Jun 10, 2017

Venture capitalists, emerging tech entrepreneurs invited to meet with Trump

AP

The White House has invited venture capitalists and entrepreneurs to meet about emerging tech trends, such as drones and the Internet of Things, and regulations surrounding them, first reported by Buzzfeed and confirmed by Axios.

The meeting is being organized by U.S. Deputy Chief Technology Officer Michael Kratsios, former chief of staff to Silicon Valley investor and Trump supporter Peter Thiel.

Tech meeting blitz: The meeting is slated for June 22, per Buzzfeed — three days after Trump is slated to meet with technology company CEOs about policy issues such as cybersecurity, immigration and modernizing government IT systems.

Why it matters: Trump may be bogged down by political drama, but his staff focused on innovation issues have been working behind the scenes — and out of the news cycles – to forge relationships with technology sector leaders. Despite expressing public concern for some of Trump's policies, the industry still seems willing to show up. And entrepreneurs and investors don't have to worry about employee and customer backlash at the same scale as bigger tech brands.

Go deeper

Exclusive: Global trust in the tech industry is slipping

Illustration: Aïda Amer/Axios

The backlash against Big Tech has long flourished among pundits and policymakers, but a new survey suggests it's beginning to show up in popular opinion as well.

Driving the news: New data from Edelman out Tuesday finds that trust in tech companies is declining and that people trust cutting-edge technologies like artificial intelligence less than they do the industry overall.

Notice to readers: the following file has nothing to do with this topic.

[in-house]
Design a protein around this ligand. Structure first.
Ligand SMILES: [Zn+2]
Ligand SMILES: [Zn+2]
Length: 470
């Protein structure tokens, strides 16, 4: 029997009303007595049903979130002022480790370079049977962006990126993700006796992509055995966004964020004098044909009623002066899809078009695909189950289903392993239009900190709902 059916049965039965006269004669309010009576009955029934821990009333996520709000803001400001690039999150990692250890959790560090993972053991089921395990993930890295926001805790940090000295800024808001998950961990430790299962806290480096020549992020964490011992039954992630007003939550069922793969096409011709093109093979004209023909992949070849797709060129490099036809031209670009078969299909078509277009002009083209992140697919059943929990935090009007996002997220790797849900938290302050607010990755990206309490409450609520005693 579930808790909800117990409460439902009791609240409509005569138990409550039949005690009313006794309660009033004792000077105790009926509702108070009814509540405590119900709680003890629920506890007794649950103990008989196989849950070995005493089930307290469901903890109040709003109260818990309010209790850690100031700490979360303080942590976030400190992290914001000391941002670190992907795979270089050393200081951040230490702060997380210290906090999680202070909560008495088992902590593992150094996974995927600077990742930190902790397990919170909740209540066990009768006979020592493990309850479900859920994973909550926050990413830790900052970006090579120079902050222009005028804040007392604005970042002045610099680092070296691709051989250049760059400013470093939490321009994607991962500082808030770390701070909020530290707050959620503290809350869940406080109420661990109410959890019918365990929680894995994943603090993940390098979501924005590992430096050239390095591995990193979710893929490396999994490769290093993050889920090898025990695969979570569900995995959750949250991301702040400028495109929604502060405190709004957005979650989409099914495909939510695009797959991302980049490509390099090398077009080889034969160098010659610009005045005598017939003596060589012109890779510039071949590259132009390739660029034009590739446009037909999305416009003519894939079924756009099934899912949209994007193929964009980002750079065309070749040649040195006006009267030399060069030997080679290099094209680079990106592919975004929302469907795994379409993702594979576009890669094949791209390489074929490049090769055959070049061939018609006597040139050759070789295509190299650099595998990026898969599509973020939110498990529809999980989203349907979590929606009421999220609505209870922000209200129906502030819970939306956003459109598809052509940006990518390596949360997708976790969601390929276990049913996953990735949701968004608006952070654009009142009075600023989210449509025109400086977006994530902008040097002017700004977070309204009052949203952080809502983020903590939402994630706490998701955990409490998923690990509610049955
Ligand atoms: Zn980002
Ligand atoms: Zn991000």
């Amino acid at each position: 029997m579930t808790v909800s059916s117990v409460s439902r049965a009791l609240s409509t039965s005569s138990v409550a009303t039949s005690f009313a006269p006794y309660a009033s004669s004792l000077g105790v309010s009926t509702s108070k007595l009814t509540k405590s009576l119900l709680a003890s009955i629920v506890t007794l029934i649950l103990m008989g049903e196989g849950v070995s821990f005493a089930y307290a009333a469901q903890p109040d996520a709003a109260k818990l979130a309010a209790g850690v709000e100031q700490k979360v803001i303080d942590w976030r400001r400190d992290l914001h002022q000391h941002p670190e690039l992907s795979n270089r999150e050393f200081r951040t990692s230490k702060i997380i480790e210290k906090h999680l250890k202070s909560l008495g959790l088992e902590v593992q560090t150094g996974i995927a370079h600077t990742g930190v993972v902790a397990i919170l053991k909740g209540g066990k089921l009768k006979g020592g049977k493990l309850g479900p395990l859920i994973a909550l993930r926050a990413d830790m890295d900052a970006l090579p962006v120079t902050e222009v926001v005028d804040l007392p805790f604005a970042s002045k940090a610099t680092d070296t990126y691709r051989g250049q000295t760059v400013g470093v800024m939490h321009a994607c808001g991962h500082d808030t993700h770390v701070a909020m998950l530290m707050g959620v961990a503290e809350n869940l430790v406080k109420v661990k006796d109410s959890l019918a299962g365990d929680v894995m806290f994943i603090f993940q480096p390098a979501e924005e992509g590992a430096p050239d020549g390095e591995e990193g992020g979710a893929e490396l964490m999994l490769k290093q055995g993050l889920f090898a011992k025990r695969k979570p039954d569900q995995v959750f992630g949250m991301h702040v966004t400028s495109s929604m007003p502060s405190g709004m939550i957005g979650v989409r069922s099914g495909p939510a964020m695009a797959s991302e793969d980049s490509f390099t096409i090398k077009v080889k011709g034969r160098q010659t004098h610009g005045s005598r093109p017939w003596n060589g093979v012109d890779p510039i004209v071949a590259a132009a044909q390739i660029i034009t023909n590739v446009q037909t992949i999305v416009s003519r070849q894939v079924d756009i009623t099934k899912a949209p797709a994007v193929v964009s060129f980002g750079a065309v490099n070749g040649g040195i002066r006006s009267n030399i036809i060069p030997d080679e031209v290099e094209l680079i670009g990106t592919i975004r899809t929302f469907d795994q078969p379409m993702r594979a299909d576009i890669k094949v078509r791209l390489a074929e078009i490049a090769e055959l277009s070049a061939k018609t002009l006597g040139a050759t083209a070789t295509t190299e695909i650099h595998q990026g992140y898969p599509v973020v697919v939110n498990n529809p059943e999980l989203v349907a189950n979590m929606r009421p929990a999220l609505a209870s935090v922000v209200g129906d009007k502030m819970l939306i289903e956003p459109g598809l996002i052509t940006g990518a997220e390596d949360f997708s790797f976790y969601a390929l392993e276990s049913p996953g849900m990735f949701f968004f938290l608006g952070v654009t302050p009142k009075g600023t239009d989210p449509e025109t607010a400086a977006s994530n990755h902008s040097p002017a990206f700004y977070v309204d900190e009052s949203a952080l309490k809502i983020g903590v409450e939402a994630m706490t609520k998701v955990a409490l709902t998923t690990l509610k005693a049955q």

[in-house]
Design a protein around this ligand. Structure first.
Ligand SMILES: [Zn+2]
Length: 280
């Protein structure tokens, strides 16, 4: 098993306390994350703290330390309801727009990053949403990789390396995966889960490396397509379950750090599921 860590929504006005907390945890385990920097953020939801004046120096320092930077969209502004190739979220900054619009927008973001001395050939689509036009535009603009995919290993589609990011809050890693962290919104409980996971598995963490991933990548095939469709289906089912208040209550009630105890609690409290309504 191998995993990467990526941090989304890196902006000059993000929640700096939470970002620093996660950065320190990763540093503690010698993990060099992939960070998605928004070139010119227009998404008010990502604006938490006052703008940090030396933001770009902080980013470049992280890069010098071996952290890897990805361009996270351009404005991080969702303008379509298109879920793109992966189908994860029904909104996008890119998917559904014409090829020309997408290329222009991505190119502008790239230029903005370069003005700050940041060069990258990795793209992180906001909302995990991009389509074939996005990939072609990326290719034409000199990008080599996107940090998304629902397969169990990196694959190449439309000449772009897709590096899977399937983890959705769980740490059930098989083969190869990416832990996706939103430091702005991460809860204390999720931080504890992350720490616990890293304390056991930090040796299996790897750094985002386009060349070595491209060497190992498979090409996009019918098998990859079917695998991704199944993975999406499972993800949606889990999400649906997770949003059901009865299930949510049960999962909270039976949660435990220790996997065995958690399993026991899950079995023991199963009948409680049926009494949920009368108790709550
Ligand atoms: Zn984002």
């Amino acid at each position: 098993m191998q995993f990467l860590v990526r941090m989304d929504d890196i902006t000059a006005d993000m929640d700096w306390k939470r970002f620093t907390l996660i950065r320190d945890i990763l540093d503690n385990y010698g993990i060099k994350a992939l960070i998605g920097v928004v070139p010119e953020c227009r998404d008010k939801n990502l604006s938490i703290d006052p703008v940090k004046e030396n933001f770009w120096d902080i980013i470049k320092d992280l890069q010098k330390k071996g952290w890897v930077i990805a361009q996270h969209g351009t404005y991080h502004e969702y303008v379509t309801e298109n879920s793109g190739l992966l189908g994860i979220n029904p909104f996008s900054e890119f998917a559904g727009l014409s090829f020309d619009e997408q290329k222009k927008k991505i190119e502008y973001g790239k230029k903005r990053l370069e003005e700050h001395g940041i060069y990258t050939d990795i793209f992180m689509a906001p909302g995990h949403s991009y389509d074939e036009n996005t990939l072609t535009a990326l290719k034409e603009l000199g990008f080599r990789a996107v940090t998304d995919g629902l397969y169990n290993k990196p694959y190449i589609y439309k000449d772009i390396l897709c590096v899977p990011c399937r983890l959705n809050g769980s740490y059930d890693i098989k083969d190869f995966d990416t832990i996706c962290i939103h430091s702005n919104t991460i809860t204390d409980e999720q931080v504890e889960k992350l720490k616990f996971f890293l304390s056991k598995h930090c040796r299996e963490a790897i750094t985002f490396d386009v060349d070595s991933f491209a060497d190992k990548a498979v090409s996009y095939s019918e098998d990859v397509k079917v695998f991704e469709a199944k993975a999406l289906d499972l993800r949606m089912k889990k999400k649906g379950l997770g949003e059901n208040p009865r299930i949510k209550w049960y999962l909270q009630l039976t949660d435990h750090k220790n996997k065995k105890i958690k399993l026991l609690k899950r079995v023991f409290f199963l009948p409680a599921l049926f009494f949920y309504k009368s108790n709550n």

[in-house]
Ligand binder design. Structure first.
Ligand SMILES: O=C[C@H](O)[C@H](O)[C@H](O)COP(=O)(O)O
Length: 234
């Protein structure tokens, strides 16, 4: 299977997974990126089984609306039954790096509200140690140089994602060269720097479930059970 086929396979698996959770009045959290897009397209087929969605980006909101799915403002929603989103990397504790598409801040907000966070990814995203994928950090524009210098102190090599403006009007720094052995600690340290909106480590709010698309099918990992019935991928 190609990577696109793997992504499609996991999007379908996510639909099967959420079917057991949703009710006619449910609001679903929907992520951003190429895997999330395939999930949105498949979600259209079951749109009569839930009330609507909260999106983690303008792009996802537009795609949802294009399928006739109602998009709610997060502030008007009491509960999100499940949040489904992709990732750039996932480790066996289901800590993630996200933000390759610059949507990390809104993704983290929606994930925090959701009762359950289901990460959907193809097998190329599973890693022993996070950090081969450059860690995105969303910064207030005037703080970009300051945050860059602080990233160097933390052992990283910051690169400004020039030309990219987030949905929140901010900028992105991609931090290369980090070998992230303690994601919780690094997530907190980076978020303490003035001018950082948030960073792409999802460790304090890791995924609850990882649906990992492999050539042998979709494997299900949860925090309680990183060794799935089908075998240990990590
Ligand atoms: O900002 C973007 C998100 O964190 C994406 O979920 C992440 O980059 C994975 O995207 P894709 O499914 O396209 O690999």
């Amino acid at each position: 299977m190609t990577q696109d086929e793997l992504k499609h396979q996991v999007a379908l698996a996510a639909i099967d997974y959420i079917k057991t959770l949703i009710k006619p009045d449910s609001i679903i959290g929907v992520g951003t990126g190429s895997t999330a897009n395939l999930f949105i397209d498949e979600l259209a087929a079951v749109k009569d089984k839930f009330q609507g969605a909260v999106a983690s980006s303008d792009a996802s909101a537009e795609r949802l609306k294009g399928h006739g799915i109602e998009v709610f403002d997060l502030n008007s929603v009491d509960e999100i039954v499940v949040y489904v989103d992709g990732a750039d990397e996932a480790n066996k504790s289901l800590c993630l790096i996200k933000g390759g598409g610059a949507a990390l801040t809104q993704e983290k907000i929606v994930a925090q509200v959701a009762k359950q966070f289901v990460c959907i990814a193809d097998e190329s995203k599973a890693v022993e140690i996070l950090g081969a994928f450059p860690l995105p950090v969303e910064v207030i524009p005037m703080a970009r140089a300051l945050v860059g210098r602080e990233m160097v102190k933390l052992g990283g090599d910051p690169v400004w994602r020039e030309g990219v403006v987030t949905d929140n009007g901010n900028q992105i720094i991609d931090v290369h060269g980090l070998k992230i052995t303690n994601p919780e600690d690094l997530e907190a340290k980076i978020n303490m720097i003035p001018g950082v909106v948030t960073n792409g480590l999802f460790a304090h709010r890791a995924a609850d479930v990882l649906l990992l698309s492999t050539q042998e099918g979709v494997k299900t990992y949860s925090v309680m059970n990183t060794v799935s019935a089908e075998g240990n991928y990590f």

"It was 30 years ago, get over it": Mike Bloomberg's partner brushes off NDA concerns

Diana Taylor at a Mike Bloomberg event last month. Photo: Ron Adar/Echoes Wire/Barcroft Media via Getty Images

Diana Taylor, Mike Bloomberg's longtime partner, dismissed the concerns surrounding non-disclosure agreements used at his company, Bloomberg LP, telling CBS News that she would say to those bothered by the allegations, "It was 30 years ago, get over it."

Why it matters: Democratic candidates have used the NDAs as a talking point against Bloomberg, calling on him to allow women to speak about the reported sexual harassment and gender discrimination they faced while working for him.

Trump's opportunity to use Bernie as an economic scapegoat

Illustration: Aïda Amer/Axios. Photos: Zach Gibson/Stringer, The Washington Post/Getty Contributor

Bernie Sanders is poised to become an economic scapegoat for both the White House and Corporate America, assuming that Sanders comes through Super Tuesday unscathed.

The big picture: If the U.S. economy remains strong, President Trump and CEOs will claim credit (as they've been doing for three years). If it turns sour, they'll blame Bernie (even though it's a largely baseless charge).